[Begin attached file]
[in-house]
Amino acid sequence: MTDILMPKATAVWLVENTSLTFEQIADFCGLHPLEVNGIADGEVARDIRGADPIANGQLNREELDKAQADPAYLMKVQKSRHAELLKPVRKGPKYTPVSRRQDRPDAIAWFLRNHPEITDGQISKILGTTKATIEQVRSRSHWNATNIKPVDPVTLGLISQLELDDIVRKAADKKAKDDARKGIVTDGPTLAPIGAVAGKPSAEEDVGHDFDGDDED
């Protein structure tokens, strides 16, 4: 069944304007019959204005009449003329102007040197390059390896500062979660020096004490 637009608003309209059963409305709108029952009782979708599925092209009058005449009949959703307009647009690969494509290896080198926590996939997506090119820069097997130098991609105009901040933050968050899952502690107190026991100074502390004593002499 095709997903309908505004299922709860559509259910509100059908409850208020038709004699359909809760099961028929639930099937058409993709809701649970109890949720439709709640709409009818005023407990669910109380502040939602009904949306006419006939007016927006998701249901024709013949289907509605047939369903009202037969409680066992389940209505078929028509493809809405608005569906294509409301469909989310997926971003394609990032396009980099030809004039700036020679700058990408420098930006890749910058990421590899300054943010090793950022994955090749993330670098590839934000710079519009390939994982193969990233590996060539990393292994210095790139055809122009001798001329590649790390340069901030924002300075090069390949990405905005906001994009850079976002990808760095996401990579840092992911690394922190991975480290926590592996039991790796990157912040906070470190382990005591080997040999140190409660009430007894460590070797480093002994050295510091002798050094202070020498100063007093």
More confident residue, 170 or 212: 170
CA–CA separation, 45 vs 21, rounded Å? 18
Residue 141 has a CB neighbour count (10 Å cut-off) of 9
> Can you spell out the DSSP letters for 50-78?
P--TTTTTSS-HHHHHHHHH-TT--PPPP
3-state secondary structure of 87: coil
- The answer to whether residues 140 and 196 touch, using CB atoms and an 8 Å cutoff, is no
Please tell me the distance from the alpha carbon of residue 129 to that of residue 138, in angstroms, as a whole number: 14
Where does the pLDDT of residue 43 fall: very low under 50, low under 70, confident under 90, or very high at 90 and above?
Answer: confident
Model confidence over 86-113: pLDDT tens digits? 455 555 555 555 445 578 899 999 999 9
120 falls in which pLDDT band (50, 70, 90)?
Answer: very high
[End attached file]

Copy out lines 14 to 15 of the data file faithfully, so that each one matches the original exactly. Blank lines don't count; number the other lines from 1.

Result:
Model confidence over 86-113: pLDDT tens digits? 455 555 555 555 445 578 899 999 999 9
120 falls in which pLDDT band (50, 70, 90)?